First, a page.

Fears stairwell fire-raising could be out of control

An example of a stairwell fire in Captain's Drive
An example of a stairwell fire in Captain's Drive
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COMMUNITIES across the Capital are being hit by a deliberate stairwell blaze every fortnight, new figures have revealed.

Firefighters are considering emergency uplifts of discarded rubbish and furniture in a bid to reverse the trend, as fresh images revealed how buildings had been left gutted by firebug attacks.

And they issued an appeal urging residents to ensure tenement closes and high-rise corridors are kept clear of items that could be set alight by fire-raisers.

Figures for 2013-14 show there were 25 suspect stair fires in Edinburgh – only two fewer than in Glasgow, despite ­Glasgow’s larger population.

Scottish Fire and Rescue Service (SFRS) leaders said they would work closely with police and council staff in an effort to crack down on those putting lives at risk.

They have also compiled case studies illustrating what they described as the “devastating” impact of fire-raising.

Steve Gourlay, SFRS prevention and protection manager for the City of Edinburgh, said: “We would urge people not to leave rubbish or bins in the common stairwells of tenement blocks.

“This can be very attractive to fire-raisers and increases the risk of a blaze.

“Discarded items of furniture and rubbish can produce large amounts of toxic smoke and also impede access for emergency responders.

“In Edinburgh, deliberate property fires are a concern with many of these involving combustibles in stairwells. The casualties and damage caused are preventable and we need to reduce them.”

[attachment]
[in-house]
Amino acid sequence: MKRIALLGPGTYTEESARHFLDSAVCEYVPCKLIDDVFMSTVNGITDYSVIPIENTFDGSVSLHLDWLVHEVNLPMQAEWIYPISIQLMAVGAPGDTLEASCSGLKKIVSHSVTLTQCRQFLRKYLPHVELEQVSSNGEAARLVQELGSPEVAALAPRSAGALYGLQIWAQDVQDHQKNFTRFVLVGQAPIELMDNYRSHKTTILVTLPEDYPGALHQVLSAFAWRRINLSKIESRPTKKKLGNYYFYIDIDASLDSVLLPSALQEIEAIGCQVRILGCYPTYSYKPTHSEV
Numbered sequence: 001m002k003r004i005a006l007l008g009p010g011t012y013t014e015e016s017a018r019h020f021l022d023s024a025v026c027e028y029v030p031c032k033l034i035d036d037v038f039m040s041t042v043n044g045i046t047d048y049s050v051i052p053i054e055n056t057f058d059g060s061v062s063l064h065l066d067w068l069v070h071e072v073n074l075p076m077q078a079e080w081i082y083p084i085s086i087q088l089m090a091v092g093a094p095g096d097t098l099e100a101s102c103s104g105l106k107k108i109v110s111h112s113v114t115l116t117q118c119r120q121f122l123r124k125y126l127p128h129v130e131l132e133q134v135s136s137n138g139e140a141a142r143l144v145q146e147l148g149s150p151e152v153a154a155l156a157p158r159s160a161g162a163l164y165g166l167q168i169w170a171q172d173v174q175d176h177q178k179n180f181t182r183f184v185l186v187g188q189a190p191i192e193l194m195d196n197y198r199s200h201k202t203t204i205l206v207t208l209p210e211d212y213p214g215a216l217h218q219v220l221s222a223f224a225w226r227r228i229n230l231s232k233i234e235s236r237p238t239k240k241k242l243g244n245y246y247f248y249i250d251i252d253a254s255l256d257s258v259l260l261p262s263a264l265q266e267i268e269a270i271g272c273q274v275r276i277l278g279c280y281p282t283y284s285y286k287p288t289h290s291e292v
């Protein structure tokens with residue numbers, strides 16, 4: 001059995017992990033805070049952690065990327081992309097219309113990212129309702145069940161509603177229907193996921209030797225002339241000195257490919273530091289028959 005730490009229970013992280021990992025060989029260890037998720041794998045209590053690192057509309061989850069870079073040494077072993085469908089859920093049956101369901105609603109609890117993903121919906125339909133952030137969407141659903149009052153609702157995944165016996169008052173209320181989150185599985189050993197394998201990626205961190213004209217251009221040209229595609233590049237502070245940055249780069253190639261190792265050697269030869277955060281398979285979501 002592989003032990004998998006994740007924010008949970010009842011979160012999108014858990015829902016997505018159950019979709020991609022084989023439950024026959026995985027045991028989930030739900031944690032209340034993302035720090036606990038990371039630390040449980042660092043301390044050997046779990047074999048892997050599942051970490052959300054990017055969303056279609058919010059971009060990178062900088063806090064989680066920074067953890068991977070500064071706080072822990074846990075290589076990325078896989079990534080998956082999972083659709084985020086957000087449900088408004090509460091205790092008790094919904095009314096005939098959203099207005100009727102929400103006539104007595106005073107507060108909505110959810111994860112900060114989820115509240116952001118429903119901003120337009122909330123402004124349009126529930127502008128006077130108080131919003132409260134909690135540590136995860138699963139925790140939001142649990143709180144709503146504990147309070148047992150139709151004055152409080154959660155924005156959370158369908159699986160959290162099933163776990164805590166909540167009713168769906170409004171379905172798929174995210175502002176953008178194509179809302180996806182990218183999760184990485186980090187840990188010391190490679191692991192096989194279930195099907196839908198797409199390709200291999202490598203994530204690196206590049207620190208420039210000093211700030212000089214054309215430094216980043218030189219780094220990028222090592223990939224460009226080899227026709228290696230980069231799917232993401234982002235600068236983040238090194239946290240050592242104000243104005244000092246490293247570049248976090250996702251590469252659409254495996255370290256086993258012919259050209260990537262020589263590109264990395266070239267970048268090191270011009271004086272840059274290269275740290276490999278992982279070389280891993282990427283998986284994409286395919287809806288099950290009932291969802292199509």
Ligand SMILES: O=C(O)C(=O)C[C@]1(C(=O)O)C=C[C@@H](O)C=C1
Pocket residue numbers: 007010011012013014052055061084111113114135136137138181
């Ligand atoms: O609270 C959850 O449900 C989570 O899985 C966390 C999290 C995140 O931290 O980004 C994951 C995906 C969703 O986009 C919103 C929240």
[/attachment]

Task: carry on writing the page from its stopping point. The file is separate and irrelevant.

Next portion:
Crews revealed that a fire in the Capital’s Captain’s Drive resulted in three hospitalisations after a wheelie bin was set alight.

And another blaze elsewhere in Scotland, which began when a pile of household waste was ignited in a seven-storey apartment block, saw 77 residents re-housed on Christmas Day after a mains power supply was damaged.

Stressing that safety programmes such as “Stair Aware” would continue, Mr Gourlay said there were a number of simple measures which could help protect residents and their families.

“Steps should be taken to ensure the door entry-intercom system is working,” he said.

“I would like to stress the importance of having a working smoke alarm. Every household should have working smoke alarms and test them every week.

“We provide free home fire-safety visits and fit smoke alarms where required.”

City chiefs said stairwell fires presented a huge safety risk. Councillor Mike Bridgman, police and fire scrutiny leader, said: “This is people endangering people who live beside them or in their vicinity.

“It’s total stupidity, putting people’s lives at risk in that manner.

“And I would hope people would cotton on to the importance of not leaving items that are combustible in the stairwell, because they are putting their lives at risk, as well as those of other occupants.”